A Mackenzie-based developer of small-scale mines fears a new method for calculating the cost of reclaiming a site will drive him and other "mom and pop" operations out of business.
For years, developers put up a bond amounting to $5,000 per hectare but beginning in 2017, the Ministry of Energy, Mines and Petroleum Resources began to implement a process purported to provide a more accurate assessment of returning a site to its original condition.
The so-called reclamation bond calculator sets out the per-unit rate for the various types of work - be it removing debris, deactivating a road or planting trees - while a ministry inspector determines how much effort is needed.
Long leery of the new approach, it all became too much for Mitch Mortensen when recently told one of his clients would have to put up a bond worth $216,997 before he could work a one-hectare portion of a claim in the Manson Creek area north of Fort St. James.
Bonds that size will simply kill the industry, according to Mortensen, who runs Snowshoe Mountain Resources Corp., a private junior exploration and development company.
"If this is allowed to stand, I'm wiped out," he said.
Rick Wittner, president of the Quesnel-based Cariboo Mining Association, said the new approach was developed in response to the Mount Polley disaster.
"They took a look at the bonds that they had at Mount Polley and they'd seen that they were 20 or 30 years old and there wasn't enough money there to cover it, just in case Imperial Metals decided to walk away from it," Wittner said.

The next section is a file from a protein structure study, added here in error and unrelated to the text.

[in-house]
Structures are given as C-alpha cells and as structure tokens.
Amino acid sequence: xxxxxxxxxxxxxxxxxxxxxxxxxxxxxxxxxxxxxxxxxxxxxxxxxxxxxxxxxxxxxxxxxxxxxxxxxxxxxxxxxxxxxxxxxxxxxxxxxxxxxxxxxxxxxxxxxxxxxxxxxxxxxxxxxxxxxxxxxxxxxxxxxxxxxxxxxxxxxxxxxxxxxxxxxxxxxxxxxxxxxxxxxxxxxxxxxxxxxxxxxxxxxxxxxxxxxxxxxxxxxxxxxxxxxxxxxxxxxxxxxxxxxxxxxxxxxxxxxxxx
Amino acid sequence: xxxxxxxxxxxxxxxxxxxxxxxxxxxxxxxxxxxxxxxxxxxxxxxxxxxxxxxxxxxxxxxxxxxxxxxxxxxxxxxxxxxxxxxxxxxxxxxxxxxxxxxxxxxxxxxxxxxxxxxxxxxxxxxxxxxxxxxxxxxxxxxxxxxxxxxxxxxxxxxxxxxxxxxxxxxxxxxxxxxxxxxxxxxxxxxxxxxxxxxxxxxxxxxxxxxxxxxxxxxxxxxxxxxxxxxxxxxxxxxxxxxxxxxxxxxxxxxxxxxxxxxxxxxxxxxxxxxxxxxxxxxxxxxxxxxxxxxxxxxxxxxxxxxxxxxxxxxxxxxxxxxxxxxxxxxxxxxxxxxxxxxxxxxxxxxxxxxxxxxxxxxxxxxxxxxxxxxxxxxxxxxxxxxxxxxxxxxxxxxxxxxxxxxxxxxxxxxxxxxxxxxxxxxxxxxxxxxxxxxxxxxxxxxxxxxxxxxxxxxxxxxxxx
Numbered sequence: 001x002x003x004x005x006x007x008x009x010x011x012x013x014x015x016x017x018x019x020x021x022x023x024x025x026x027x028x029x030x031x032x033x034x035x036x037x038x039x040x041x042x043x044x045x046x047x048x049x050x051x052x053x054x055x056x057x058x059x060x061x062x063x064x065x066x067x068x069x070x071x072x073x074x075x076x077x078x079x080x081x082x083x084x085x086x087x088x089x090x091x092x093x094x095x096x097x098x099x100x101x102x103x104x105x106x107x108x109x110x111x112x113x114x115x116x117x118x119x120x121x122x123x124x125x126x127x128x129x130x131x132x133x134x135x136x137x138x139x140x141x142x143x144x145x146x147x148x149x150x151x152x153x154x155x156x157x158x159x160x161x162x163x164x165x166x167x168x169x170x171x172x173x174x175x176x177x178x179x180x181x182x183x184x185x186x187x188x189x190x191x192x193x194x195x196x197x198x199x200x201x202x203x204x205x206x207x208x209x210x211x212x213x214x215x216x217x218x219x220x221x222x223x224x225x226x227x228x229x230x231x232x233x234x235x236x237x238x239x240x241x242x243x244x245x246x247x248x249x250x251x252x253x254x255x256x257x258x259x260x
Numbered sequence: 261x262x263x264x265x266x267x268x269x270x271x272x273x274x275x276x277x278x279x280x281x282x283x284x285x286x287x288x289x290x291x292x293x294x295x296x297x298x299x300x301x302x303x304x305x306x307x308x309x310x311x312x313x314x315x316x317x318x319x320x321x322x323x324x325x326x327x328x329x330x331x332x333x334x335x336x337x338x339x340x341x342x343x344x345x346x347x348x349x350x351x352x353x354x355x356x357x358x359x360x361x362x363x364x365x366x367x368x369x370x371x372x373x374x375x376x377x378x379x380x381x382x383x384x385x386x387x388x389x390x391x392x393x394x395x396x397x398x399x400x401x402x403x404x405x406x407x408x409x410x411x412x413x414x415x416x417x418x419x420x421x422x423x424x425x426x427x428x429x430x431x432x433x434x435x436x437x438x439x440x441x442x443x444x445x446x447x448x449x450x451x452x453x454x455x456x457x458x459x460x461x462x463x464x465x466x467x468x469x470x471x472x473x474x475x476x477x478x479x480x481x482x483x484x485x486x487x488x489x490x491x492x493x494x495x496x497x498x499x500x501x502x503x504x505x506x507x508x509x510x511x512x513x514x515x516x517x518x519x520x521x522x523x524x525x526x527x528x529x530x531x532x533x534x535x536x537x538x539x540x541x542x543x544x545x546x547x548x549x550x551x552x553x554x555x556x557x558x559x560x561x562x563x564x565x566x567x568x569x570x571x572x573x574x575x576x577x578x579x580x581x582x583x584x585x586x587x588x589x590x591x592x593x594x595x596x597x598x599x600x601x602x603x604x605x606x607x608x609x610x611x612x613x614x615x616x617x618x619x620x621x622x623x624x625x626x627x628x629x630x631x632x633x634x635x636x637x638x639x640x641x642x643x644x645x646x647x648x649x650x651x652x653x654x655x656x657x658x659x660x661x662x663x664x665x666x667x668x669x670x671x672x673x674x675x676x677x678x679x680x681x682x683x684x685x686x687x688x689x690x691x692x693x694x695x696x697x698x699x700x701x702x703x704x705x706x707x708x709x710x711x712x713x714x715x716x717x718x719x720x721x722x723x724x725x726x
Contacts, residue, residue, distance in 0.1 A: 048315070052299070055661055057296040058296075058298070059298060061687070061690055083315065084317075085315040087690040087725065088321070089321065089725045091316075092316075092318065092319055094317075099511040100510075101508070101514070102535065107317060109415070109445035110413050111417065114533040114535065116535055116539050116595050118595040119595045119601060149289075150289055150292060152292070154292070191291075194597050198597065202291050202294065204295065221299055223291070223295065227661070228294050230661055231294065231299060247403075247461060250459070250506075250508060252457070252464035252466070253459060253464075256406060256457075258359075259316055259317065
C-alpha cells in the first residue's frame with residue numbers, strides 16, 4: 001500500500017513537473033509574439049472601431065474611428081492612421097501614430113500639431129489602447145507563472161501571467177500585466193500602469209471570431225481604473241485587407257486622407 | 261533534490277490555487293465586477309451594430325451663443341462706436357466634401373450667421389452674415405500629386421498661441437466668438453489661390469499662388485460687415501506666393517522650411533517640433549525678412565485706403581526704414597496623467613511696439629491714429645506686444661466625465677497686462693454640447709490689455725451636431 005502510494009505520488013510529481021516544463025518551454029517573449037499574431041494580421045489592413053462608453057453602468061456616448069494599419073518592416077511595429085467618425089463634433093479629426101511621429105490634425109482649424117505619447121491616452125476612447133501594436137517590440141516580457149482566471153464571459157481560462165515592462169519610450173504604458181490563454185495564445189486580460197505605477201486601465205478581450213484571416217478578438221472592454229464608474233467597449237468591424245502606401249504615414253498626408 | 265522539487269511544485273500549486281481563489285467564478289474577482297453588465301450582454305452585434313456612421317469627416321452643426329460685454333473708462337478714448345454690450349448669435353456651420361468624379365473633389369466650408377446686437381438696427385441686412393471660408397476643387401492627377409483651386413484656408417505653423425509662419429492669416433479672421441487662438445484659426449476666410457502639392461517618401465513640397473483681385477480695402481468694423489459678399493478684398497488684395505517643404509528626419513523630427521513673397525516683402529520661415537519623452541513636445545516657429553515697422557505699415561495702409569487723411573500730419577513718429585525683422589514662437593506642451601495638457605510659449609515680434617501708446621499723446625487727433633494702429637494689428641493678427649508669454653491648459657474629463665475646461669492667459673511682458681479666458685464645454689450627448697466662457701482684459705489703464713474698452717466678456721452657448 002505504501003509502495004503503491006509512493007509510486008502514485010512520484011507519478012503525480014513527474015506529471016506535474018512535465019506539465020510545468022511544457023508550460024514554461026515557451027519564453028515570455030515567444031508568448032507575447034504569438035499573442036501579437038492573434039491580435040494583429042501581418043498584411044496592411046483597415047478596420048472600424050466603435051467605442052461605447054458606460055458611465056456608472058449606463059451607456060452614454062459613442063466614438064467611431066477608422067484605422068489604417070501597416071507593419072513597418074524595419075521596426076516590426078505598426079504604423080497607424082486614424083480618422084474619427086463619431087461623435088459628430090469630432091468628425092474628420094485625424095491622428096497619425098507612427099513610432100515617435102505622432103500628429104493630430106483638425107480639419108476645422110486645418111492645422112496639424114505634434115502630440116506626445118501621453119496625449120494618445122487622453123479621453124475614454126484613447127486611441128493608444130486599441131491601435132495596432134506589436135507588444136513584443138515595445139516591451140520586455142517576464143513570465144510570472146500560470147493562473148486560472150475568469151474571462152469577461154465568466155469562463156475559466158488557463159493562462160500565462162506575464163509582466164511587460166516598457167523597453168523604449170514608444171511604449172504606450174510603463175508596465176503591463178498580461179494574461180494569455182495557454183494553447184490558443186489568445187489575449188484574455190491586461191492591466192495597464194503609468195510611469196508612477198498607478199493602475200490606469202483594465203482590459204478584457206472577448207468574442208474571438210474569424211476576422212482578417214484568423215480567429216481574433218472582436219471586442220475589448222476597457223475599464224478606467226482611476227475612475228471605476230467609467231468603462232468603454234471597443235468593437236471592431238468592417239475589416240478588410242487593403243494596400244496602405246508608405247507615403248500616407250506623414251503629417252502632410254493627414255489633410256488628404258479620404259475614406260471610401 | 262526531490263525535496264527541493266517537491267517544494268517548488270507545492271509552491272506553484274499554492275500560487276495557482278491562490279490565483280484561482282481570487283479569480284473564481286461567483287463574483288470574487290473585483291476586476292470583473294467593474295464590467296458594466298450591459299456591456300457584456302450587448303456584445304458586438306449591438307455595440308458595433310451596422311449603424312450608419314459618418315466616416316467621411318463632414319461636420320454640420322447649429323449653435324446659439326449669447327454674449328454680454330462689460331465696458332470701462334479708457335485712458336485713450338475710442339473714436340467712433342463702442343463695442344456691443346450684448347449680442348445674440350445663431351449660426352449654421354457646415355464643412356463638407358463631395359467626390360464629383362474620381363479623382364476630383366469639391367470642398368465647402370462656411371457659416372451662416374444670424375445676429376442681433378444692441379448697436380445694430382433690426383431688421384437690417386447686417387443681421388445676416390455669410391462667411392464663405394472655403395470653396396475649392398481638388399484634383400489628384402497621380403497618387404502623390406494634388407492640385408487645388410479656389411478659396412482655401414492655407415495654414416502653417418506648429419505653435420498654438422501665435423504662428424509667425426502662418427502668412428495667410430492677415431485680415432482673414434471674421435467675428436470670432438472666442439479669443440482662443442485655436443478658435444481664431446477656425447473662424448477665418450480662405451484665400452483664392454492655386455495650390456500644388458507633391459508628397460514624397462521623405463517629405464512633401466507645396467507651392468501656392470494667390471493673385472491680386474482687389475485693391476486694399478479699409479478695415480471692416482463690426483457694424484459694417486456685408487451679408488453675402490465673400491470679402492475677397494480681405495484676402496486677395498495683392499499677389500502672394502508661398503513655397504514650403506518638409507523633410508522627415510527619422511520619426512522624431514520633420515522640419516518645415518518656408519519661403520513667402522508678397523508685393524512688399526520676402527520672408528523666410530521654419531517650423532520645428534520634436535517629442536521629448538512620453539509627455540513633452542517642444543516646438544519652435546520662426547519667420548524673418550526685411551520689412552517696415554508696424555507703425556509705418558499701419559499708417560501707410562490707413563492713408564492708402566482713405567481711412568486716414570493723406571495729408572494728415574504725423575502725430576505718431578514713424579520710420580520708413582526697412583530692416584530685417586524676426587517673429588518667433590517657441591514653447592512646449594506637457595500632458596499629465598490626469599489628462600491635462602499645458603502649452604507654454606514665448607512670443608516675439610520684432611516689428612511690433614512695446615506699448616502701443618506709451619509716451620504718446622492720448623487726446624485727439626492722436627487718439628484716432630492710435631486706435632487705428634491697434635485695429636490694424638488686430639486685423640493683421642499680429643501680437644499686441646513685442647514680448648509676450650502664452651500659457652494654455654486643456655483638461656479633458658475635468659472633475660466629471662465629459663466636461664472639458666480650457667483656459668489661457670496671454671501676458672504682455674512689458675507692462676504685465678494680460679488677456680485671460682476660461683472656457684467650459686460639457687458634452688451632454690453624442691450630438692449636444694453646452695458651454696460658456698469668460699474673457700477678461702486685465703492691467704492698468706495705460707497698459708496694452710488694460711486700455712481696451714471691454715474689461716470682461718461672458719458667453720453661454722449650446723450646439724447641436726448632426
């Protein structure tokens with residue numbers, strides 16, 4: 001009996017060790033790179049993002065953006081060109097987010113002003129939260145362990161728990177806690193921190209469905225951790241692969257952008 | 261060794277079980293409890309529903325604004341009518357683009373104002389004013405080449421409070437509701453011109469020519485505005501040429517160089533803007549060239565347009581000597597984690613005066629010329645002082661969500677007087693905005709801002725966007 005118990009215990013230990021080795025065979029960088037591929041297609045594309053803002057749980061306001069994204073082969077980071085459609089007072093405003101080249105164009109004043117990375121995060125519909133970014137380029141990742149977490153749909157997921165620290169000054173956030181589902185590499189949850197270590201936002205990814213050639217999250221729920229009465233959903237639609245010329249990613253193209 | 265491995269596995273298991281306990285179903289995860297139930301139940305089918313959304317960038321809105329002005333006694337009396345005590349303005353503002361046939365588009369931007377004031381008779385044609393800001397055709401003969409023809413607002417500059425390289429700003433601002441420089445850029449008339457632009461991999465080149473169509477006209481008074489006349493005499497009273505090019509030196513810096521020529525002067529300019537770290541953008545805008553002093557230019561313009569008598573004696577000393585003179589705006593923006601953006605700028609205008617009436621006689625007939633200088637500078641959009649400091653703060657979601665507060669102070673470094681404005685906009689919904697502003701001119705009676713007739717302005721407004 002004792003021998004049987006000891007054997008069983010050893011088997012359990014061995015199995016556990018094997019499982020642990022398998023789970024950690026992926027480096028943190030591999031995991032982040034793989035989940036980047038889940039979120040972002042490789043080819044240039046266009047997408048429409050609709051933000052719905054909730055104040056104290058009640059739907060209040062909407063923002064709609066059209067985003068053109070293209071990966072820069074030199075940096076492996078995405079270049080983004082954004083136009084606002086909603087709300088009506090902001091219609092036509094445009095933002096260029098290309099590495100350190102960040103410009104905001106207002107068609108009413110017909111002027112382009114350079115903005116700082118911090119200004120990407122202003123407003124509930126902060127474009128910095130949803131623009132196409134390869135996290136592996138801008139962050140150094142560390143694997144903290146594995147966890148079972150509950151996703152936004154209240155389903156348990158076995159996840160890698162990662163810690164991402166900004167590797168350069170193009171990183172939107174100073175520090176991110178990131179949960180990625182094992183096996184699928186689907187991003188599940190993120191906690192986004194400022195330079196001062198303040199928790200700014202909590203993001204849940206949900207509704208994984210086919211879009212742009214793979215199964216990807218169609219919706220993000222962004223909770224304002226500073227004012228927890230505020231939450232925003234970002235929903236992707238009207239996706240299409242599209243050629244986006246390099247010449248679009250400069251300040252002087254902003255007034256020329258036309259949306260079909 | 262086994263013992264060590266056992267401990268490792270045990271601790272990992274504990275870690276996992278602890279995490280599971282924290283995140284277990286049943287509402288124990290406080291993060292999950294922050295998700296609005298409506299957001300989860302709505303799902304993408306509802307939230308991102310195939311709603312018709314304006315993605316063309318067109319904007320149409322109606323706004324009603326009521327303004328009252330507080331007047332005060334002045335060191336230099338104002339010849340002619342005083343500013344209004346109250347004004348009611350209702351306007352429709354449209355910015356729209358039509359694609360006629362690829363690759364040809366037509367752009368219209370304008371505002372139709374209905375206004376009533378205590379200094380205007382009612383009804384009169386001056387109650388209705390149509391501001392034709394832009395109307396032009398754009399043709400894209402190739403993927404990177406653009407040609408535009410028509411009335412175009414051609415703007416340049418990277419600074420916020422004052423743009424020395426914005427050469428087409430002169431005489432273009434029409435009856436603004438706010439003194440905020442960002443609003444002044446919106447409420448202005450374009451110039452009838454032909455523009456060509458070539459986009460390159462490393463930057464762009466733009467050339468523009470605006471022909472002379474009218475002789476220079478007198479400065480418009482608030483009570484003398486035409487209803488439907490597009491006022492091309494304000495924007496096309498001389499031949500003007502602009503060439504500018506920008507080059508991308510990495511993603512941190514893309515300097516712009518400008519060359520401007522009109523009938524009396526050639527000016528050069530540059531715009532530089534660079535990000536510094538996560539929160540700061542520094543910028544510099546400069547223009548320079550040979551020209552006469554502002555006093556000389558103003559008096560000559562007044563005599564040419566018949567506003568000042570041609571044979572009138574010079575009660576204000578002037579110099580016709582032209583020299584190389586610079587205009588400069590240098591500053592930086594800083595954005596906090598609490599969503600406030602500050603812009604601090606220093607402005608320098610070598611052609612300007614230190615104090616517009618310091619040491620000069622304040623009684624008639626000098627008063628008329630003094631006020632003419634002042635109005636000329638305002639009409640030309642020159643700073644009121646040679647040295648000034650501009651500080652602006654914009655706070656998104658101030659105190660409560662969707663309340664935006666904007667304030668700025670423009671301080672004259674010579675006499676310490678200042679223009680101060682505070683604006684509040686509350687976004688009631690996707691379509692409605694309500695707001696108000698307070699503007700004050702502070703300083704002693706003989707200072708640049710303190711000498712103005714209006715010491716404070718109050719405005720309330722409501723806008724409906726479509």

"There was an Auditor General's report done and they felt that the bonding right across the board wasn't sufficient and it didn't matter if it was placer, sand and gravel, mineral exploration or the big open pit mines, so they've come up with this bond calculator."
However, a Ministry of Energy, Mines and Petroleum Resources spokesperson said Mount Polley was not the reason. Rather, it was developed simply as a way to provide a "fair and consistent means of assessing reclamation liability" and to ensure the provincial government "collects adequate security to cover the best estimate of reclamation costs."
Wittner said the outcomes tend to be "a little on the heavy side," particularly for placer miners who've been working their claims for decades while maintaining clean records over that time.
While he called the amount Mortenson's client is facing "quite horrendous," Wittner also suggested a project's remote location is a big reason.
"When they do the bond calculation, they actually factor in what it would cost to travel all the way into the location and haul out the equipment that they've got there, the trailers that they've got there, in case they went broke and then of course to go back in and fill in the mining that they've done," Wittner said.
He said it also depends on how deep a miner will have to dig to hit pay dirt.
While most of the claims in the Central Interior are worked by small "mom and pop" ventures, the big placer mines are found up in Atlin. They must go down anywhere from 75 to 125 feet but the yields can be phenomenal.
"I heard, two years ago, one of them did something like $37 million in recovery," Wittner said.
He said claim holders who can't come up with the cash can try to get irrevocable letters of credit from their banks or turn to an insurance company or a bonding company but need to provide collateral.
"They won't accept our equipment, you usually have to put your home on the line," Wittner said.
One of the big sticking points for Mortensen is the cost of digging nine test pits, each 30 metres wide by 30 metres long by by 10 metres deep. The calculator put the cost at $76,950 to reclaim those portions but Mortensen asserted it could be done for about $20,000.
A proponent can work with the ministry to reduce the amount.
Options, according the ministry spokesperson, can include reducing the size of the mine, providing a phased plan, committing to a detailed progressive reclamation plan and providing additional and more detailed information in regards to the mine plan.